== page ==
Unfortunately, accidents and illness do happen in the workplace, and people at work may require immediate attention to save their life or prevent a minor injury from becoming worse.
The Health and Safety (First-Aid) Regulations 1981 require employers to provide first-aid equipment, facilities and people to help employees if they become ill or injured at work. By law, any workplace must have an appointed person to oversee first-aid, although you do not need to have a designated, trained first-aider.
What is a first-aider?
A first-aider is an individual who has been trained and holds a recognised qualification including:
- Emergency first aid at work (EFAW)
- First aid at work (FAW)
Why do I need a designated first-aider?
A qualified first-aider could be the difference between life and death, yet 79% of businesses have periods of time throughout the year (often during the summer months) when no trained first-aiders are on site.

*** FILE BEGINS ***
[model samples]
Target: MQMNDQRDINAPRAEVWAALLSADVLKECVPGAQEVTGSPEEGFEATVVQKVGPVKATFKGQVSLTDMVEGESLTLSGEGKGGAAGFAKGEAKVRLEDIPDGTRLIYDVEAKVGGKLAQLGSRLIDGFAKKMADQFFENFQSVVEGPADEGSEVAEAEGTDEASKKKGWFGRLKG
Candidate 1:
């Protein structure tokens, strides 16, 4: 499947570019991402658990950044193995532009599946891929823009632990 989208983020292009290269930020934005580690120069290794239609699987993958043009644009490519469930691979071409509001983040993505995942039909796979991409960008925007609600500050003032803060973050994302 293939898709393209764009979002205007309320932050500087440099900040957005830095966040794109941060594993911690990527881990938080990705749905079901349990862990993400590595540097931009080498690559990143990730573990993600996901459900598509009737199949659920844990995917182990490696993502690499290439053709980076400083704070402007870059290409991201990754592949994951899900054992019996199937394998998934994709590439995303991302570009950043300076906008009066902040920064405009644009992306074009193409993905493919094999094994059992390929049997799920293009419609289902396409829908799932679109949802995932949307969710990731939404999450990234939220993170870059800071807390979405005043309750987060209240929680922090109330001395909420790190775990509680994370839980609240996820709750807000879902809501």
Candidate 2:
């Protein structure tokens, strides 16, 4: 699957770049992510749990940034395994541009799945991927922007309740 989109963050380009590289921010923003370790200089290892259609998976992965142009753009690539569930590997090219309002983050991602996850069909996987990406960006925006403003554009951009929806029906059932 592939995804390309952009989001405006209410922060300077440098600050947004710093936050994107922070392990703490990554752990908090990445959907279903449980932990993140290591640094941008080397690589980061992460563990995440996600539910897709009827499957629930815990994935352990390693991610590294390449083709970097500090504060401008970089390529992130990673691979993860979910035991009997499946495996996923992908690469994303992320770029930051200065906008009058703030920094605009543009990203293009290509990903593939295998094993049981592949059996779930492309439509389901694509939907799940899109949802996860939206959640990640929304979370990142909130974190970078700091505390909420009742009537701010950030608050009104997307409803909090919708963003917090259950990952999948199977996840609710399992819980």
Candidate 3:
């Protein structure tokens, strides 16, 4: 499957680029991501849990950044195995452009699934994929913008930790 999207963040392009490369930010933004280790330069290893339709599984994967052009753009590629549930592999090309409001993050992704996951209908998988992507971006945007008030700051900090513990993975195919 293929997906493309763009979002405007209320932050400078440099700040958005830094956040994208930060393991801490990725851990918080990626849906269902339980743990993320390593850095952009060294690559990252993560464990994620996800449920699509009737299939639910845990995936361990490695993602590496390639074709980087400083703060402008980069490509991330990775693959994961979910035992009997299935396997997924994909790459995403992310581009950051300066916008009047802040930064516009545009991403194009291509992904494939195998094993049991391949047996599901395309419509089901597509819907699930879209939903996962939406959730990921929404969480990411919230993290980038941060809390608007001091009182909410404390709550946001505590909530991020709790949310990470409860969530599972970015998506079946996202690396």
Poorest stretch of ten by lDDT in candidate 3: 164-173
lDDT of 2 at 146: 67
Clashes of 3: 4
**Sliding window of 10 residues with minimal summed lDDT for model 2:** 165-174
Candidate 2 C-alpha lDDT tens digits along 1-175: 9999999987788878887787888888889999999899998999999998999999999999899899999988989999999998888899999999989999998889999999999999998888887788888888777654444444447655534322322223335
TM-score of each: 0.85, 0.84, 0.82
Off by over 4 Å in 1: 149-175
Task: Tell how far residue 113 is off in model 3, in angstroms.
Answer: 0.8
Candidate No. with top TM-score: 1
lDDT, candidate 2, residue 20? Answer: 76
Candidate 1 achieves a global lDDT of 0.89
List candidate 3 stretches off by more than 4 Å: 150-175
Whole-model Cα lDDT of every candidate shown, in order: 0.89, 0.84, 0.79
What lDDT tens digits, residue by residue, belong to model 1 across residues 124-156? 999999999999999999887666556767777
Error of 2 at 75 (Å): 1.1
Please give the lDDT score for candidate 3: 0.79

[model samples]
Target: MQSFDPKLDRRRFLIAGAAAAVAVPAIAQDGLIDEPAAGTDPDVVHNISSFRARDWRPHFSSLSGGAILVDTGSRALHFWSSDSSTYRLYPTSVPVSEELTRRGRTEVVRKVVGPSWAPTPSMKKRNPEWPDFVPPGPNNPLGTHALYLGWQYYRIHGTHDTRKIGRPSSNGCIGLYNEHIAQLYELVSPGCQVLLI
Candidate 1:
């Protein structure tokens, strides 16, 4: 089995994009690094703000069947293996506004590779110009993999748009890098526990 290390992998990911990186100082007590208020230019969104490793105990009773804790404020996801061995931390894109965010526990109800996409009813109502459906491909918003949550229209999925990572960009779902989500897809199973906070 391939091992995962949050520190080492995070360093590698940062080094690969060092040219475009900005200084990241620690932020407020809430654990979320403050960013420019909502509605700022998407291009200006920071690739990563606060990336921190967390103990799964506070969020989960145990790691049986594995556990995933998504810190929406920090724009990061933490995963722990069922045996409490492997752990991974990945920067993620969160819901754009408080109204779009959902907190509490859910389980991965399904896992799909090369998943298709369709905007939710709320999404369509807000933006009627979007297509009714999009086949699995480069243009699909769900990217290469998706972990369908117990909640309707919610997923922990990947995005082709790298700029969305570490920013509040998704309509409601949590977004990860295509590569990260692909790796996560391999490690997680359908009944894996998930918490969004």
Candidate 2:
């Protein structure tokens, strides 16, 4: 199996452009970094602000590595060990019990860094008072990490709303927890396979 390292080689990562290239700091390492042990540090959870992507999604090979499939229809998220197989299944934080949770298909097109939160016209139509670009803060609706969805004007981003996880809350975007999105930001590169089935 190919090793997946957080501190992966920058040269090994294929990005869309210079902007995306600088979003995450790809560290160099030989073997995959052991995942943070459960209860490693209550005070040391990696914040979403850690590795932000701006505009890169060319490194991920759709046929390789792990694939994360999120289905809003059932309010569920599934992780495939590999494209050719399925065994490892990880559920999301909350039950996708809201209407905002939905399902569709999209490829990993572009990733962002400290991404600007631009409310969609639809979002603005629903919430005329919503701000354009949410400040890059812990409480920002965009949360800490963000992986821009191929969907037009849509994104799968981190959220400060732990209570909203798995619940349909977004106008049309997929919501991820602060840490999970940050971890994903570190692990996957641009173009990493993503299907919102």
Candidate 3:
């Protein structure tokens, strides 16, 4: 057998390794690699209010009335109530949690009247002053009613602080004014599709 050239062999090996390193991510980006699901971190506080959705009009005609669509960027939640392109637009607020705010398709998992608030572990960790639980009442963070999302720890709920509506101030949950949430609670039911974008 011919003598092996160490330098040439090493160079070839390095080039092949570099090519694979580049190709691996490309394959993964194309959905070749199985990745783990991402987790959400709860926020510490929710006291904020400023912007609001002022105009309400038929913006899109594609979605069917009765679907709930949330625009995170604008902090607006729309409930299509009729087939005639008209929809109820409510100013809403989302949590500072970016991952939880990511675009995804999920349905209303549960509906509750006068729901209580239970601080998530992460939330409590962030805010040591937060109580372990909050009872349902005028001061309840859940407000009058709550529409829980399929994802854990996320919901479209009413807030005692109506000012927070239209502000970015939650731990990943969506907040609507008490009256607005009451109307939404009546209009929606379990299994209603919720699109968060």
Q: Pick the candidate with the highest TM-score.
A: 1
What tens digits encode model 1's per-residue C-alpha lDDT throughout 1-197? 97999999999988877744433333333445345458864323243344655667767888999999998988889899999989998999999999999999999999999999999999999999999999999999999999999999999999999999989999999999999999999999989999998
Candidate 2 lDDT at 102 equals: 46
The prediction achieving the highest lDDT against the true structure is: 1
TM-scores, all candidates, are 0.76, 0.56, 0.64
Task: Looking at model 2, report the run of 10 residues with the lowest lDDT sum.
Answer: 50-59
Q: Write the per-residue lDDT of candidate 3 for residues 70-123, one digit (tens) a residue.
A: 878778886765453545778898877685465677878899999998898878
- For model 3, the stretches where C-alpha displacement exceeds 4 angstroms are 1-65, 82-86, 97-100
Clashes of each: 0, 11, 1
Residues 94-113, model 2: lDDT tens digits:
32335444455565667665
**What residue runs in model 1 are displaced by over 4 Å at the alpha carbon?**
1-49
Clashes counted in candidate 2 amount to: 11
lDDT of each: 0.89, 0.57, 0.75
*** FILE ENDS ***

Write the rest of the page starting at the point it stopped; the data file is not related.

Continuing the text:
If a fatality occurred at work because an employer did not follow health and safety procedures, they could be prosecuted under the Corporate Manslaughter Act and the family of the deceased could make a claim for fatal injury compensation.
Even with minor injuries, if they are not attended to by a first-aider and were due to employer negligence, an employee could claim for personal injury compensation.
Claiming for compensation
It’s important for workplaces to have a designated, trained first-aider, particularly if the workplace has lots of hazards – for example staff working with chemicals or carrying out heavy lifting.
In industrial environments, injuries requiring medical attention are more likely to happen. If you have been injured as a result of an accident at work and have not received any first aid, or if your employer failed to provide a first aid kit or designate a person to assist with first aid, you could be eligible to make a claim for compensation.
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